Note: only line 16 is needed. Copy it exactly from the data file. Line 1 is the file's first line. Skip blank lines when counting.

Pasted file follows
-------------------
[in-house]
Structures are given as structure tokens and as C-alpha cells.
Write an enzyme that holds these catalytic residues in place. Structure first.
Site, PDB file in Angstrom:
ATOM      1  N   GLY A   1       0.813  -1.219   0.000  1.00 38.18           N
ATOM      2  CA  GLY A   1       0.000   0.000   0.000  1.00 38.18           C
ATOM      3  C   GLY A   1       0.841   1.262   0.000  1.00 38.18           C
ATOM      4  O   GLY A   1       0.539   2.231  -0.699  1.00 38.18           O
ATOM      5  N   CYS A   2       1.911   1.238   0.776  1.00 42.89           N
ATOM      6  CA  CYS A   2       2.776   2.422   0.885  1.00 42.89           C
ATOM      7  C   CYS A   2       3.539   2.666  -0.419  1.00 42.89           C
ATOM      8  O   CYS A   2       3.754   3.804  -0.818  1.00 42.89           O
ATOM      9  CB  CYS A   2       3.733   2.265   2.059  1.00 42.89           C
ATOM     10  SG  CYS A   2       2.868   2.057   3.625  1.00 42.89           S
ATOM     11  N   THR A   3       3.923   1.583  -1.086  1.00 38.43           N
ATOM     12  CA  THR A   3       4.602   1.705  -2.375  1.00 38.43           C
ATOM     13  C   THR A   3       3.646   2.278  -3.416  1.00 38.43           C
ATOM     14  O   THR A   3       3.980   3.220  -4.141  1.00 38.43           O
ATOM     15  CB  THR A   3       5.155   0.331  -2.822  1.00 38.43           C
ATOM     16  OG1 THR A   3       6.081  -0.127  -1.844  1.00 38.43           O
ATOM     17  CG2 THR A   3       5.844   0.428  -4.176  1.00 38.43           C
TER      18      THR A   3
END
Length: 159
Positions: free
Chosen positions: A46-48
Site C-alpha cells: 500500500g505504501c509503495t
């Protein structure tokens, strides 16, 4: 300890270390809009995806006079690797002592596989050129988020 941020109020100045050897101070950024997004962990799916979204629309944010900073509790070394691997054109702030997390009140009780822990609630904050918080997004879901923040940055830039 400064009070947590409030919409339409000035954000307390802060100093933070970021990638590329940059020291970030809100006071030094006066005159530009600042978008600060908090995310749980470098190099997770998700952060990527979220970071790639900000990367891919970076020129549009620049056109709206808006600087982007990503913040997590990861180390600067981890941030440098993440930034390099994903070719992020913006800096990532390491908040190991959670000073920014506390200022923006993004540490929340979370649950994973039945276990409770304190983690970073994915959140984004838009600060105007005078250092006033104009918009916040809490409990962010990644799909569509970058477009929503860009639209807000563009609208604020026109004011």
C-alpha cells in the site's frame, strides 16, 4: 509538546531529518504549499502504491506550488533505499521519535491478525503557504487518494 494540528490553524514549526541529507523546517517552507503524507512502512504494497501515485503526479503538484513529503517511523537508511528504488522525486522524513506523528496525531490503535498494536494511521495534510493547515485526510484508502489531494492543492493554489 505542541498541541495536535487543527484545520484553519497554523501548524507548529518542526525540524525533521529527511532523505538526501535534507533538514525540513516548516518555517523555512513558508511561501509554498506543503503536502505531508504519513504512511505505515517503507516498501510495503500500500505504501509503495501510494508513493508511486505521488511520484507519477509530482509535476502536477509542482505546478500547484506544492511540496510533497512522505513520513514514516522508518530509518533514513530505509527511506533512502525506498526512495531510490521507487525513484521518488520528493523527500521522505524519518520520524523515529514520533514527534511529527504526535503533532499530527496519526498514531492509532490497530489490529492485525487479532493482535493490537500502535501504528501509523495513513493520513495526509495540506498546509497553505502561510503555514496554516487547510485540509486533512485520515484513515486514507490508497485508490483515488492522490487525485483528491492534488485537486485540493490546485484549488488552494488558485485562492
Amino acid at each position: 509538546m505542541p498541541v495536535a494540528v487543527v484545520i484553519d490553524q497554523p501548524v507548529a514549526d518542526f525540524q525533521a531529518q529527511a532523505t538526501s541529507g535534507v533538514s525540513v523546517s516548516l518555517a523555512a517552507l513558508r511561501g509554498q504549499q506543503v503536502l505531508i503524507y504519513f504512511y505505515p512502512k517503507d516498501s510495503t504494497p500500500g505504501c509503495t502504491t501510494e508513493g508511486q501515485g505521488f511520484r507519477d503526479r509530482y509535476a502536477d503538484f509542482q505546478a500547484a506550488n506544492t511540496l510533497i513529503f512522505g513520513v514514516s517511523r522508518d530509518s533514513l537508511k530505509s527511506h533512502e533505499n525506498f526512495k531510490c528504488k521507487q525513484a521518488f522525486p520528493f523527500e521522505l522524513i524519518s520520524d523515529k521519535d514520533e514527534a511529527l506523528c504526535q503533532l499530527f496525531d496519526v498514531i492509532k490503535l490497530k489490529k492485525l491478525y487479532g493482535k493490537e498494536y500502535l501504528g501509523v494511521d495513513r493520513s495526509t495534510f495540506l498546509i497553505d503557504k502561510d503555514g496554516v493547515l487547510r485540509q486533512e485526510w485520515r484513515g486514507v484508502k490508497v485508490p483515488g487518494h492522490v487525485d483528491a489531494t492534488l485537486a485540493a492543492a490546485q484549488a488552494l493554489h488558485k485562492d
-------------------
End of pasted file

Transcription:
ATOM     12  CA  THR A   3       4.602   1.705  -2.375  1.00 38.43           C